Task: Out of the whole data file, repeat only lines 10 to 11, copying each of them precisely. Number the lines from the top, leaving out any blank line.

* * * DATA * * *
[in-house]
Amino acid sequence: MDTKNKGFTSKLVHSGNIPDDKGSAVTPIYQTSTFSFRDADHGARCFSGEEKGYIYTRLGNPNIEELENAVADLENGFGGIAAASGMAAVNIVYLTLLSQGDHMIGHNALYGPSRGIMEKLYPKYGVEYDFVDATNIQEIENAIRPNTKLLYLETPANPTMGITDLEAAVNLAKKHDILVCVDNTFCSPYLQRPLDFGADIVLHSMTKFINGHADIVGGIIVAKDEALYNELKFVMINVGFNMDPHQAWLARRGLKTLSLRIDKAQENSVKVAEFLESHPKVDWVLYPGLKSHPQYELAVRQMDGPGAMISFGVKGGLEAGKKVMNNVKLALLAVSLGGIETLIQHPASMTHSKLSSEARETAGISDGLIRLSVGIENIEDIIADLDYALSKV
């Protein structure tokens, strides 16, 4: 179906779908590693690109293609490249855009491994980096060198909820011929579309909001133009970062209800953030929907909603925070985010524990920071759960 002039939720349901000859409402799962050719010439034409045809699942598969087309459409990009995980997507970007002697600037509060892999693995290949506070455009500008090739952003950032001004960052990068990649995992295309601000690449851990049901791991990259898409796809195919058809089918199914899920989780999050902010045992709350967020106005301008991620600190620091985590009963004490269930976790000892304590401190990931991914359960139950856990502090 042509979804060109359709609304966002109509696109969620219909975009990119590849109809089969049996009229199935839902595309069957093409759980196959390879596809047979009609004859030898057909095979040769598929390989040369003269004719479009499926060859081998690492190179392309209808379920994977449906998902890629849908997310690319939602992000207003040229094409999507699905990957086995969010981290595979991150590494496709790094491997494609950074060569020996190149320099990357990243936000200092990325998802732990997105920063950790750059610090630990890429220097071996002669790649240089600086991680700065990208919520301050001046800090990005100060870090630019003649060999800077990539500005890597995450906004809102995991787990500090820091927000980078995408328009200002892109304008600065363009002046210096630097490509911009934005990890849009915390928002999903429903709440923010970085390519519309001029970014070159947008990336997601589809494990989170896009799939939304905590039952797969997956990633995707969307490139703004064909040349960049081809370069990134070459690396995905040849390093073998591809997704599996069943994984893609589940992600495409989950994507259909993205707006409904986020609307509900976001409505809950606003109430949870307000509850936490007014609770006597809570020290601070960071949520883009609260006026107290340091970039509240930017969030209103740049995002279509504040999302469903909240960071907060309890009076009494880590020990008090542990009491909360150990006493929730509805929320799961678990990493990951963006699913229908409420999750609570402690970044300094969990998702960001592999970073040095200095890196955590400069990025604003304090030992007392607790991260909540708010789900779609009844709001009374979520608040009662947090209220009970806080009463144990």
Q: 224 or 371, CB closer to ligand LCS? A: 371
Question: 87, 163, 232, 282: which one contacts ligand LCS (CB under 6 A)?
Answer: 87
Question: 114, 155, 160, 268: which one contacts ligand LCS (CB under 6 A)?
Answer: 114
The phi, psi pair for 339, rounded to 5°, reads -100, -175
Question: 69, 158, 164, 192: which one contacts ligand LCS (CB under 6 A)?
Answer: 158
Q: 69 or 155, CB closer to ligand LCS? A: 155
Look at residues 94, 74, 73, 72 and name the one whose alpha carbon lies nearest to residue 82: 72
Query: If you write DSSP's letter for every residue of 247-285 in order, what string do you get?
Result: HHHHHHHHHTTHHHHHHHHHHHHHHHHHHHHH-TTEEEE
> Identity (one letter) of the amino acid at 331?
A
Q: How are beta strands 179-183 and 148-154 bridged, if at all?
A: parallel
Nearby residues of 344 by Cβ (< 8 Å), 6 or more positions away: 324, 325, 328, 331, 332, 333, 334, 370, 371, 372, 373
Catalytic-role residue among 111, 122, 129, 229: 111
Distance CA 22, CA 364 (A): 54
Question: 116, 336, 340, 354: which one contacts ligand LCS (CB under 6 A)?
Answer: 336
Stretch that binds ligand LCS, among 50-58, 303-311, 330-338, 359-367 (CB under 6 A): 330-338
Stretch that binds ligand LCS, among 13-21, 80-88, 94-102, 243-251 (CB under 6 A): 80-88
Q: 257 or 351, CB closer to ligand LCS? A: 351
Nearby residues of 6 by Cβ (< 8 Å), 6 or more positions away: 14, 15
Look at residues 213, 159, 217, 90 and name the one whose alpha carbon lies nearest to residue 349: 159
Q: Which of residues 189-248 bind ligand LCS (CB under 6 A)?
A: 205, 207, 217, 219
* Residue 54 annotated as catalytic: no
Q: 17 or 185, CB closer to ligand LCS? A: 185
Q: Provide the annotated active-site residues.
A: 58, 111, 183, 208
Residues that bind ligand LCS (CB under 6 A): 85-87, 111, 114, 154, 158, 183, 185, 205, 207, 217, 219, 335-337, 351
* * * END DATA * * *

Question: 69, 158, 164, 192: which one contacts ligand LCS (CB under 6 A)?
Answer: 158